It’s a different world: More women enjoy hunting than ever before

By Ryan Hynick

The Associated Press

The first day of rifled deer season each year will always find Kathy Scavone on her favorite deer stand.

The Sweet Valley woman loves the anticipation of those first few moments when darkness gives way to daylight on opening morning. She loves preseason scouting, sighting in her rifle, getting her gear ready, packing a lunch and the camaraderie of being with family and friends throughout the season.

In addition to her primary profession as a nurse, Scavone along with husband, Paul, run their family business, JS Sporting Goods in Wilkes-Barre, that has a focus on hunting, fishing, and archery equipment and supplies.

“We have seen a definite increase in the number of women who are becoming involved in the outdoors and in sports such as hunting, fishing, hiking, boating and much more,” Scavone said.

It just takes a quick glance at the National Rifle Association, Trout Unlimited, the National Wild Turkey Federation, or multiple other websites to see program after program and event after event have been taking place during the last decade that has a focus on women in the outdoors.

Statistics from retailers, licensing authorities and qualitative research completely backs this. And it is not just the recent impact from the coronavirus causing more people to turn to the outdoors, this has been an ongoing trend for years.

Nearly one third of all adults who are involved with fishing or hunting are female, according to the 2016 National Survey of Fishing, Hunting and Wildlife Associated Recreation completed by the U.S. Fish and Wildlife Service and the U.S. Census Bureau.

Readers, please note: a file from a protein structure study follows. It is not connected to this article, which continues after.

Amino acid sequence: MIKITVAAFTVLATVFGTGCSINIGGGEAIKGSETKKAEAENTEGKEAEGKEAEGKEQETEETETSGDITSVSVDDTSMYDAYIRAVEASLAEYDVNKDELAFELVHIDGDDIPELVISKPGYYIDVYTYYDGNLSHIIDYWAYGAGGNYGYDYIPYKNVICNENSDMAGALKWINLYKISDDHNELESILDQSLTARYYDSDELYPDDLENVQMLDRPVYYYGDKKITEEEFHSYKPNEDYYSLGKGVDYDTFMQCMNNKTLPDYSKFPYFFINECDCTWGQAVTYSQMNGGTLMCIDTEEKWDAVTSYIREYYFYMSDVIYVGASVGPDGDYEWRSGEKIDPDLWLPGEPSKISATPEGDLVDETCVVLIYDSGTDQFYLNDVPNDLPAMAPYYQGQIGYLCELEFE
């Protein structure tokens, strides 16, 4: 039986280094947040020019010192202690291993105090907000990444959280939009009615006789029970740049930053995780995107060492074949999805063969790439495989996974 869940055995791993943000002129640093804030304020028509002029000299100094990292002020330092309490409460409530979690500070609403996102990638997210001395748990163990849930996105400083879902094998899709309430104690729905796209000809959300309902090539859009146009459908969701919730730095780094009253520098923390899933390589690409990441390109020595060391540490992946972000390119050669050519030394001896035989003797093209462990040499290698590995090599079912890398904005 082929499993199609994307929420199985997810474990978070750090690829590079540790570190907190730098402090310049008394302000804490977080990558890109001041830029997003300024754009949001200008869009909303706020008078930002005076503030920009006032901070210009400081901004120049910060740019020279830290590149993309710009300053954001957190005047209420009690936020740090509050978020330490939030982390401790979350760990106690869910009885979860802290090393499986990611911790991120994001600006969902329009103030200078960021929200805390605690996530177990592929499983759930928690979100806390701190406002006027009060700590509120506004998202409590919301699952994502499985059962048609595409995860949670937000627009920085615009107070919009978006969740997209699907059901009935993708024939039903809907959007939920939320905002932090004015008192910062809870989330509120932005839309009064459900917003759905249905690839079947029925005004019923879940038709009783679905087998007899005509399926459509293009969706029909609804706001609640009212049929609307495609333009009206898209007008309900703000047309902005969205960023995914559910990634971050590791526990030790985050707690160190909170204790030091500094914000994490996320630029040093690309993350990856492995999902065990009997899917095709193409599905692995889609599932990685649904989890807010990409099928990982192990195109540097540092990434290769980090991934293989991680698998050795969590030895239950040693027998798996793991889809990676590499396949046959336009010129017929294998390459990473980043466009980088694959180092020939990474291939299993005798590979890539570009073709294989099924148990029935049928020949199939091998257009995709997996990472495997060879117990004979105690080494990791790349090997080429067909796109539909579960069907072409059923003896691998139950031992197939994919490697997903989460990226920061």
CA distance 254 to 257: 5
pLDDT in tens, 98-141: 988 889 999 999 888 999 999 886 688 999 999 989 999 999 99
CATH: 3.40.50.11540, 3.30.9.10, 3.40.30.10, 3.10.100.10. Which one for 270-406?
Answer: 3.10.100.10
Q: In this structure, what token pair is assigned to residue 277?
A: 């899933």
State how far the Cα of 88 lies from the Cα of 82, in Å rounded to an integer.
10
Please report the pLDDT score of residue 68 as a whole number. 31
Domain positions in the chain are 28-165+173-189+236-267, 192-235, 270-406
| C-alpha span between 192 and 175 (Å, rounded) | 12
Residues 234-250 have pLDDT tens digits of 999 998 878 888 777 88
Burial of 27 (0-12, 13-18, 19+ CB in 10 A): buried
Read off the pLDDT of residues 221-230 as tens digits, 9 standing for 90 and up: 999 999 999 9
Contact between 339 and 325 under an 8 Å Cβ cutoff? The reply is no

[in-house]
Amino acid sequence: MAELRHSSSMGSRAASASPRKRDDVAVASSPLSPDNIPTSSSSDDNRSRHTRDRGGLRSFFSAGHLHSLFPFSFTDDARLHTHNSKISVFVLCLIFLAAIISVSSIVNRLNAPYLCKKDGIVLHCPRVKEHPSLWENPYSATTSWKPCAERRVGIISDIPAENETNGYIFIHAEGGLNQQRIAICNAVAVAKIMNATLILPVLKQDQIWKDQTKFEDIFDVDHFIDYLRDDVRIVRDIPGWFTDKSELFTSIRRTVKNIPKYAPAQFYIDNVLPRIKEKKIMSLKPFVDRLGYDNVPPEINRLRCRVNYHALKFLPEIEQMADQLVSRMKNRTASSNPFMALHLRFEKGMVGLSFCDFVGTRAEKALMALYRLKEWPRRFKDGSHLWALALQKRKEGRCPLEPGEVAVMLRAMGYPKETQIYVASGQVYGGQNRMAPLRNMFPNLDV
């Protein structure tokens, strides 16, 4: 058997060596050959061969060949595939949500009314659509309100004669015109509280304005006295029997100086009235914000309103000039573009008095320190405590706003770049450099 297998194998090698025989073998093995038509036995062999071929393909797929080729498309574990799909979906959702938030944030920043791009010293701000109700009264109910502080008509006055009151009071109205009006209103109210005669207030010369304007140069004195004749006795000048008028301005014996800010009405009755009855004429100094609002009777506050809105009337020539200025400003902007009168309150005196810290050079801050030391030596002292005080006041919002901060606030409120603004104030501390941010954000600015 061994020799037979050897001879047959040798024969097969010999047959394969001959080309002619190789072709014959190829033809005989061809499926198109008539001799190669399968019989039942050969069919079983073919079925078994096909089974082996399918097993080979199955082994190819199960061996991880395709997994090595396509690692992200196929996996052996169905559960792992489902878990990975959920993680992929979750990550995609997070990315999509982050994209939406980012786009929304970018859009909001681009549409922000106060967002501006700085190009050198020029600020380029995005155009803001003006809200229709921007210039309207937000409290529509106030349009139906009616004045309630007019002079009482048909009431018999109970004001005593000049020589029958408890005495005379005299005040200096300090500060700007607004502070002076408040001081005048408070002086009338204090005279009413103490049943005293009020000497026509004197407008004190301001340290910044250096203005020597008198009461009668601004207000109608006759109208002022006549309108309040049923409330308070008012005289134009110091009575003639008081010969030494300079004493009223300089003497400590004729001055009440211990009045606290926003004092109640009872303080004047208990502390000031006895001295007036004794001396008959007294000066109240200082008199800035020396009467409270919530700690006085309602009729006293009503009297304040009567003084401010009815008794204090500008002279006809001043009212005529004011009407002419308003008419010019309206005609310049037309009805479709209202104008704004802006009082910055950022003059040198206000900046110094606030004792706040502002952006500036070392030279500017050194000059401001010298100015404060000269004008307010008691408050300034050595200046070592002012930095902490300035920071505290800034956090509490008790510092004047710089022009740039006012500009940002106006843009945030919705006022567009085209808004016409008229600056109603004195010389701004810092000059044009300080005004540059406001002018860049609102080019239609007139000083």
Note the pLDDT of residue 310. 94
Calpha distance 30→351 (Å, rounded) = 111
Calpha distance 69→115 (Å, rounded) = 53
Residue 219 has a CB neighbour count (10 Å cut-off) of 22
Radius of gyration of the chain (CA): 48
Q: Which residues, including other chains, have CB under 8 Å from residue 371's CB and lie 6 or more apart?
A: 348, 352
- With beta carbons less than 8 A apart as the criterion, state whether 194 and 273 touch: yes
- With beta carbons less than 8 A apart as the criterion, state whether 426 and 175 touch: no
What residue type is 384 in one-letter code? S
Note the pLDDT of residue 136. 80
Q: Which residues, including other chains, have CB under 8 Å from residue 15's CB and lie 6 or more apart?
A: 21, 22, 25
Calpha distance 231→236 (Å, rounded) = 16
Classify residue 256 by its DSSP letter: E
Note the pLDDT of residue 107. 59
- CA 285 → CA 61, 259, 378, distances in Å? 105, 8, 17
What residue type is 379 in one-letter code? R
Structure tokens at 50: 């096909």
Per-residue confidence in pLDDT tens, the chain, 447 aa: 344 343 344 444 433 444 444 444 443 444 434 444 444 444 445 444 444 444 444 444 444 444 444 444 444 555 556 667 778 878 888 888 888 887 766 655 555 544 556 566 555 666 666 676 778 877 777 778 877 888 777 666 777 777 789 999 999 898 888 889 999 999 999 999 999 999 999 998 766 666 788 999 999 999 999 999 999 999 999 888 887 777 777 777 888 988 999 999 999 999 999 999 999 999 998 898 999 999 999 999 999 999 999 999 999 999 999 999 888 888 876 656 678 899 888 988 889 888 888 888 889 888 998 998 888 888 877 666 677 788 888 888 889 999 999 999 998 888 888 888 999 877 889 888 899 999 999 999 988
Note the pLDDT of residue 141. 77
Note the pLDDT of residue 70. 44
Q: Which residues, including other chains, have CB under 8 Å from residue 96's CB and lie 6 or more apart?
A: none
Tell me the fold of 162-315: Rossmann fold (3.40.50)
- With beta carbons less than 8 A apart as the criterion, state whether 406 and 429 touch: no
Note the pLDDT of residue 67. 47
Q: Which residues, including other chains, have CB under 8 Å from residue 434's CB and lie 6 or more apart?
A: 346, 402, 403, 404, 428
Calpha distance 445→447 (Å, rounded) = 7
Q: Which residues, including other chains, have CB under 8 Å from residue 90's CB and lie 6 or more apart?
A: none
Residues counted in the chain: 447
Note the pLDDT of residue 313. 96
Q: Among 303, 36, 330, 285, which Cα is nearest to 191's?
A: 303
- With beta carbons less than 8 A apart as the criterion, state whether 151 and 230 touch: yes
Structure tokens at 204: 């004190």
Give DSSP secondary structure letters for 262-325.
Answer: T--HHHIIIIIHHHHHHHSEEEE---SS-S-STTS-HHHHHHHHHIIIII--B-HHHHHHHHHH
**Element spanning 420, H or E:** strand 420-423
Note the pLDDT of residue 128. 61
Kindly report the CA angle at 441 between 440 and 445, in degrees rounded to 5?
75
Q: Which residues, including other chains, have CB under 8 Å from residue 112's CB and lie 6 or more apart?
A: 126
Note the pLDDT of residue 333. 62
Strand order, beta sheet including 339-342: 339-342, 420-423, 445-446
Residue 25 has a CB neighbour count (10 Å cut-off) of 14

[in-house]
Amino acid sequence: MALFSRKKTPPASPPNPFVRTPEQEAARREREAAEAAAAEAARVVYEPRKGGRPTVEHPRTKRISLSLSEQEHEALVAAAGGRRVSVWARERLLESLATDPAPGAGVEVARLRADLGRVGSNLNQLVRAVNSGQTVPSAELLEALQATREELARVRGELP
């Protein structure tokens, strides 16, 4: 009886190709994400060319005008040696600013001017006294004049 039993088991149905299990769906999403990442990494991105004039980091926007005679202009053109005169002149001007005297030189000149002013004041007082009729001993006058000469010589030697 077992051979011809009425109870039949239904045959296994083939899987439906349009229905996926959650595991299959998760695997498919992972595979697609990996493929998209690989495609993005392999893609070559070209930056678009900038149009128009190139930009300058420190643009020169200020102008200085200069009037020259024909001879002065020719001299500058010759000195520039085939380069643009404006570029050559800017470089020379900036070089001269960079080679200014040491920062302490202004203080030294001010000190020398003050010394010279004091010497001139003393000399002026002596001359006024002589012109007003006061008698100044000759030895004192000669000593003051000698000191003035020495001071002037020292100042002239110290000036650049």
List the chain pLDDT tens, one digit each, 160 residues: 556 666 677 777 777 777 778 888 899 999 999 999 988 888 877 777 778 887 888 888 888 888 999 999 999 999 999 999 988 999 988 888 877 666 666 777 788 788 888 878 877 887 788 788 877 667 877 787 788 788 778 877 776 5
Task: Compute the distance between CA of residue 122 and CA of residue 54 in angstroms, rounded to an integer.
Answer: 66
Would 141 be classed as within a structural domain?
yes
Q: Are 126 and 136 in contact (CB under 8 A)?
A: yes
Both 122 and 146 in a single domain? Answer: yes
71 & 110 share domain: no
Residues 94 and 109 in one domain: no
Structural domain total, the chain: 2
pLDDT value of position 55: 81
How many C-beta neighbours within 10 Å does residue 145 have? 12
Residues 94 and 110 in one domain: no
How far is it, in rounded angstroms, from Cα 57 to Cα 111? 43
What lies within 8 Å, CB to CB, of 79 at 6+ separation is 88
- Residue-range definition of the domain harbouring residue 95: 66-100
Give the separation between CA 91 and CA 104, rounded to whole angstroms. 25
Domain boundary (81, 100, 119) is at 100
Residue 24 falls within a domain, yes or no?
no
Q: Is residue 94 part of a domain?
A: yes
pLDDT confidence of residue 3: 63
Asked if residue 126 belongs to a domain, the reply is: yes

The NRA website also indicates the number of women who own guns is one of the fastest growing demographics. In 2003, approximately 13 percent of American women were gun owners. However, in 2020, nearly 23 percent of women own at least one firearm.

“The great thing about being involved in outdoor sports is that there is something for everyone,” Scavone said. “For people who might want to be involved with shooting, but might not want to hunt, archery with 3D targets, clay birds with shotguns, and also getting to a range to practice with a rifle or a pistol have all become very popular.”

It is not just shooting sports that have increased in popularity. Fly fishing is has drawn the interest of many women across Pennsylvania and the United States.

“Women are the fastest growing segment of the fly fishing population in the United States and the number of women involved in the sport has quadrupled during the last 10 years,” said Charles Charlesworth, at-large boating commissioner for the Pennsylvania Fish and Boat Commission and former president of Trout Unlimited’s Lackawanna Valley Chapter.

Charlesworth’s wife, Rosangela, is a director for the Northeast Pennsylvania Fly Girls, a grassroots organization for women interested in fly fishing. The organization was formed as part of Pennsylvania’s Women and Diversity Initiative and includes female anglers from Trout Unlimited chapters in Luzerne, Lackawanna, and Pike/Wayne counties and has a focus on education and conservation.

Charlesworth said another reason why fly fishing is becoming more popular among women is because of Trout Unlimited’s support of college fishing clubs. There are more than 120 collegiate fly-fishing clubs across the country with 11 in Pennsylvania, the closest being at Keystone College.

Charlesworth said anyone at a young age who becomes strongly connected to an outdoor sport such as fly fishing is likely to continue it throughout their life and also involve others along the way.


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